T1 - Glucose Stimulates GLP-1 Secretion from Isolated Perfused Rat Small Intestine by SGLT1 and GLUT2 Mediated Uptake, Causing V-gated Calcium Channel Activation

AU - Kuhre, Rune Ehrenreich

AU - Frost, Charlotte Rasmussen

AU - Svendsen, Berit

AU - Holst, Jens Juul

PY - 2014/6

Y1 - 2014/6

N2 - We characterized the mechanisms of glucose-stimulated glucagon-like peptide-1 (GLP-1) secretion from isolated rat small intestine perfused at constant rate. Luminal glucose (5 and 20 % (w/v)) stimulated secretion dose dependently (ΔGLP-15% (w/v): 4.77 ± 0.8 vs. GLP-120% (w/v): 18.5 ± 2.8 pM, P<0.0001, n = 6) at rates correlating with glucose absorption (R2: 5% (w/v) = 0.68,R2: 20% (w/v) = 0.87, P < 0.001, n = 6), independent of the osmotic load. Vascular glucose stimulated secretion at 15 mM (21.7 ± 0.5 vs. 25.2 ± 0.6 pmol/l, P < 0.001, n = 6), but not at 5 and 10 mM (P > 0.05). Luminal glucose activated voltage-gated calcium channels in the L-cells, as inhibition with nifedipine (NI; 10 μM) or hyperpolarization with diazoxide completely abolished secretory responses (Glu. 9.19 ± 0.6 vs. 25.1 ± 0.56 pM, P < 0.01, Glu.+NI: 7.90 ± 0.56 vs. 10.57 ± 1.92 pM, P > 0.05, n = 6) (Glu.: 12.0 ± 0.6 vs. 31.8 ± 1.9 pM, P < 0.05, Glu. + DZ: 20.1 ± 1.0 vs. 20.9 ± 0.7 pM, P > 0.05, n = 6). Nifedipine also eliminated depolarization driven GLP-1 responses to vascular KCl (50 mM) (KCl: 8.60 ± 0.4 vs. 47.8 ± 13.0 pM, P < 0.05, KCl+NI: 7.83 ± 0.49 vs. 15.23 ±1.32 pM, P < 0.05, n = 6). The non-metabolizable SGLT1 substrate, α-MGP, stimulated release (15.7 ± 0.5 vs. 29.4 ± 0.7 pM, P < 0.0001, n = 6), while both α-MGP and glucose failed to stimulate GLP-1 secretion in presence of the SGTL1 inhibitor phloridzin (10 μM) (P > 0.05). However, glucose-stimulated GLP-1 secretion was also sensitive to luminal GLUT2 inhibition (1 mM phloretin) (Glu. 13.94 ± 2.5 vs. 30.90 ± 10.9 pM, Glu.+PT: 12.44 ± 1.3 vs. 17.18 ± 3.4 pM, P > 0.0001, n = 6), and KATP-channel closure by two sulfonylurea drugs stimulated GLP-1 release (tolbutamide: 14.7 ± 0.2 vs. 28.6 ± 5.2 pM; gliclazide: 15.2 ± 0.3 vs. 24.6 ± 2.4 pM, P < 0.05, n = 8). Our data indicates that SGLT1 activity is the driving force for glucose induced GLP-1 secretion, though secretory responses.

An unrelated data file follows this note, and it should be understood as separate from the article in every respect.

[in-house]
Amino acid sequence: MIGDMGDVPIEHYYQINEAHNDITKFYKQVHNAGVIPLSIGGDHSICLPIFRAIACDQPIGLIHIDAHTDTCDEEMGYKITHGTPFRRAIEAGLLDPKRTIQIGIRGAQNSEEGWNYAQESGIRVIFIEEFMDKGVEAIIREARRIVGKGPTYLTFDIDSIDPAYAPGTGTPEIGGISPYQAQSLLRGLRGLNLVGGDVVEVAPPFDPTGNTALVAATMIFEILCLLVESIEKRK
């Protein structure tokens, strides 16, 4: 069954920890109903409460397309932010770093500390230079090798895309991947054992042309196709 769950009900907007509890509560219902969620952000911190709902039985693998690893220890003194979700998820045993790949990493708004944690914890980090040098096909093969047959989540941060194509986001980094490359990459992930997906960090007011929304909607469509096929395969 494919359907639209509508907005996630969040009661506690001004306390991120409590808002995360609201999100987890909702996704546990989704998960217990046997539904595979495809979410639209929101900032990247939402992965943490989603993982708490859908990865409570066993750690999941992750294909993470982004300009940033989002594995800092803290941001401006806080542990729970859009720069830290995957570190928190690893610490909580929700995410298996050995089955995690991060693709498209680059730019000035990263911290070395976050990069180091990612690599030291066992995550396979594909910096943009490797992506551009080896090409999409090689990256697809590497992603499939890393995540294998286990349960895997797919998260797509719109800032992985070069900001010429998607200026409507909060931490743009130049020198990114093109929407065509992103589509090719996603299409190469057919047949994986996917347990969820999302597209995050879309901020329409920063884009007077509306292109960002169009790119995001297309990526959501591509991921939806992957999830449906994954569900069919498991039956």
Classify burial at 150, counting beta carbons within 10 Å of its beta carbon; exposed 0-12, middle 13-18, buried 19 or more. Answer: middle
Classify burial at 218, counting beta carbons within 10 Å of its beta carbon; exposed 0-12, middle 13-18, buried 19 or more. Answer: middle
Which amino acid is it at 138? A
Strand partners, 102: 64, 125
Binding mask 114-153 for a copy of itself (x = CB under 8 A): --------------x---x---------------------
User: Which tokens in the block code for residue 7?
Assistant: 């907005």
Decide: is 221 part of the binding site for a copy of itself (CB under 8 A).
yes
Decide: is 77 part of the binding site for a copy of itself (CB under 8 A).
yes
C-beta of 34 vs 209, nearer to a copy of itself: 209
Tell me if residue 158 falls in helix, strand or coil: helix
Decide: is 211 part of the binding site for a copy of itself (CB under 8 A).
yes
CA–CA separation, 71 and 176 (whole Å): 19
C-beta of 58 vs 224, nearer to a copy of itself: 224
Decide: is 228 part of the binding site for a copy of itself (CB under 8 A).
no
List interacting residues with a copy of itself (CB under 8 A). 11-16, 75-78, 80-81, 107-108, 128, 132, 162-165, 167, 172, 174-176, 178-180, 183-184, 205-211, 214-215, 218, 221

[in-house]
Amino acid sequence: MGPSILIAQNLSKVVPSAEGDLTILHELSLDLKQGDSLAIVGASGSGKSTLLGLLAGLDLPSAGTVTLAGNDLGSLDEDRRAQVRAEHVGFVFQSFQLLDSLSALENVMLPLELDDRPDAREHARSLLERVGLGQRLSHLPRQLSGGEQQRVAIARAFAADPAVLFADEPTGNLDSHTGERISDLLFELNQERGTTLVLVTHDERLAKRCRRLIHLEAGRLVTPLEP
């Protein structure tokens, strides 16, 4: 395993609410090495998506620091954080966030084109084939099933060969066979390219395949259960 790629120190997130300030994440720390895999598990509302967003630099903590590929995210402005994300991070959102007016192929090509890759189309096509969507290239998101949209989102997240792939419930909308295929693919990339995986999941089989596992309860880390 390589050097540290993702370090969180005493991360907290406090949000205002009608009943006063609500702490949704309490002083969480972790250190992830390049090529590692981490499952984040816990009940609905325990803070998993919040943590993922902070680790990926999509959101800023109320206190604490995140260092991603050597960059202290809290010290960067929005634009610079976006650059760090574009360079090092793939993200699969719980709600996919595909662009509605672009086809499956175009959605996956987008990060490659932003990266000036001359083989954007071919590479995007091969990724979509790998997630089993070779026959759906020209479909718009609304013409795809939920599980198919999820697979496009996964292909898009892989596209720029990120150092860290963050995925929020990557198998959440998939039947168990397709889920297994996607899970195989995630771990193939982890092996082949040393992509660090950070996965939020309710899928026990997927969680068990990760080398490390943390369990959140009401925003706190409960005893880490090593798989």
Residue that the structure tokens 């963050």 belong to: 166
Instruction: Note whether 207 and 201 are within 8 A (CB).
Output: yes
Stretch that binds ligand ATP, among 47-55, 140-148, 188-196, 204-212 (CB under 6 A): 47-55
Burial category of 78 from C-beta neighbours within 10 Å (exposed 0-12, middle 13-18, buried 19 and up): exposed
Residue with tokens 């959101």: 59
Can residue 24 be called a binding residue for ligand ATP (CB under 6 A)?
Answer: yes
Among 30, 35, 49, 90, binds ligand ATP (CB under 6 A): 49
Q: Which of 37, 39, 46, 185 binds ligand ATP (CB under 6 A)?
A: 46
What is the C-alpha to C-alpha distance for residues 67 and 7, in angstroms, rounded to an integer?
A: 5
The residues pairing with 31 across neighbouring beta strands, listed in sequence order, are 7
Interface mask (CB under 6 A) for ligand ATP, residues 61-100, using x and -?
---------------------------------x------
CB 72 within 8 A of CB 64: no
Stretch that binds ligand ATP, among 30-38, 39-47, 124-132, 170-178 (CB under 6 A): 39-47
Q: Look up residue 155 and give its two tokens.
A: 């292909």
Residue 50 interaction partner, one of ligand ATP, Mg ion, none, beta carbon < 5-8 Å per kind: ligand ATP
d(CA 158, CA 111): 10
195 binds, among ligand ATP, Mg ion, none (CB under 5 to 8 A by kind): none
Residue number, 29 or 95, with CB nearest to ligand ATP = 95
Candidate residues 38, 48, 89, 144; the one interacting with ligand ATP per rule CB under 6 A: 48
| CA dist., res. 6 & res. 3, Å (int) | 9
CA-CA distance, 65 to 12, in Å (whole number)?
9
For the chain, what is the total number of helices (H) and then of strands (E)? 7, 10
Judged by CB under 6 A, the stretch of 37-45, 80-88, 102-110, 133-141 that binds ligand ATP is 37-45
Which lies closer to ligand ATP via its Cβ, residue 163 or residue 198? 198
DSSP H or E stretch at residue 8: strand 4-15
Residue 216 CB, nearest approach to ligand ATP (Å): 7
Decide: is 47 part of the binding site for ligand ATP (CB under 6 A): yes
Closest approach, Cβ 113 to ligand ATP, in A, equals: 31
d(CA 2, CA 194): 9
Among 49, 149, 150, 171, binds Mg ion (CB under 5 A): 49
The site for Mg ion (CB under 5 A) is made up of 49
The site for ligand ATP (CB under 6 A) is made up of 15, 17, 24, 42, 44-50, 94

AB - We characterized the mechanisms of glucose-stimulated glucagon-like peptide-1 (GLP-1) secretion from isolated rat small intestine perfused at constant rate. Luminal glucose (5 and 20 % (w/v)) stimulated secretion dose dependently (ΔGLP-15% (w/v): 4.77 ± 0.8 vs. GLP-120% (w/v): 18.5 ± 2.8 pM, P<0.0001, n = 6) at rates correlating with glucose absorption (R2: 5% (w/v) = 0.68,R2: 20% (w/v) = 0.87, P < 0.001, n = 6), independent of the osmotic load. Vascular glucose stimulated secretion at 15 mM (21.7 ± 0.5 vs. 25.2 ± 0.6 pmol/l, P < 0.001, n = 6), but not at 5 and 10 mM (P > 0.05). Luminal glucose activated voltage-gated calcium channels in the L-cells, as inhibition with nifedipine (NI; 10 μM) or hyperpolarization with diazoxide completely abolished secretory responses (Glu. 9.19 ± 0.6 vs. 25.1 ± 0.56 pM, P < 0.01, Glu.+NI: 7.90 ± 0.56 vs. 10.57 ± 1.92 pM, P > 0.05, n = 6) (Glu.: 12.0 ± 0.6 vs. 31.8 ± 1.9 pM, P < 0.05, Glu. + DZ: 20.1 ± 1.0 vs. 20.9 ± 0.7 pM, P > 0.05, n = 6). Nifedipine also eliminated depolarization driven GLP-1 responses to vascular KCl (50 mM) (KCl: 8.60 ± 0.4 vs. 47.8 ± 13.0 pM, P < 0.05, KCl+NI: 7.83 ± 0.49 vs. 15.23 ±1.32 pM, P < 0.05, n = 6). The non-metabolizable SGLT1 substrate, α-MGP, stimulated release (15.7 ± 0.5 vs. 29.4 ± 0.7 pM, P < 0.0001, n = 6), while both α-MGP and glucose failed to stimulate GLP-1 secretion in presence of the SGTL1 inhibitor phloridzin (10 μM) (P > 0.05). However, glucose-stimulated GLP-1 secretion was also sensitive to luminal GLUT2 inhibition (1 mM phloretin) (Glu. 13.94 ± 2.5 vs. 30.90 ± 10.9 pM, Glu.+PT: 12.44 ± 1.3 vs. 17.18 ± 3.4 pM, P > 0.0001, n = 6), and KATP-channel closure by two sulfonylurea drugs stimulated GLP-1 release (tolbutamide: 14.7 ± 0.2 vs. 28.6 ± 5.2 pM; gliclazide: 15.2 ± 0.3 vs. 24.6 ± 2.4 pM, P < 0.05, n = 8). Our data indicates that SGLT1 activity is the driving force for glucose induced GLP-1 secretion, though secretory responses.

KW - The Faculty of Health and Medical Sciences

KW - Glucagon-Like Peptide 1

KW - Glucose

KW - Mechanisms of secretion

U2 - 10.2337/db14-1741-2092

DO - 10.2337/db14-1741-2092

M3 - Conference abstract in journal

VL - 63

SP - A491

JO - Diabetes

JF - Diabetes

SN - 0012-1797

IS - suppl 1

M1 - Abstract no 1915-P

ER -

ID: 227782470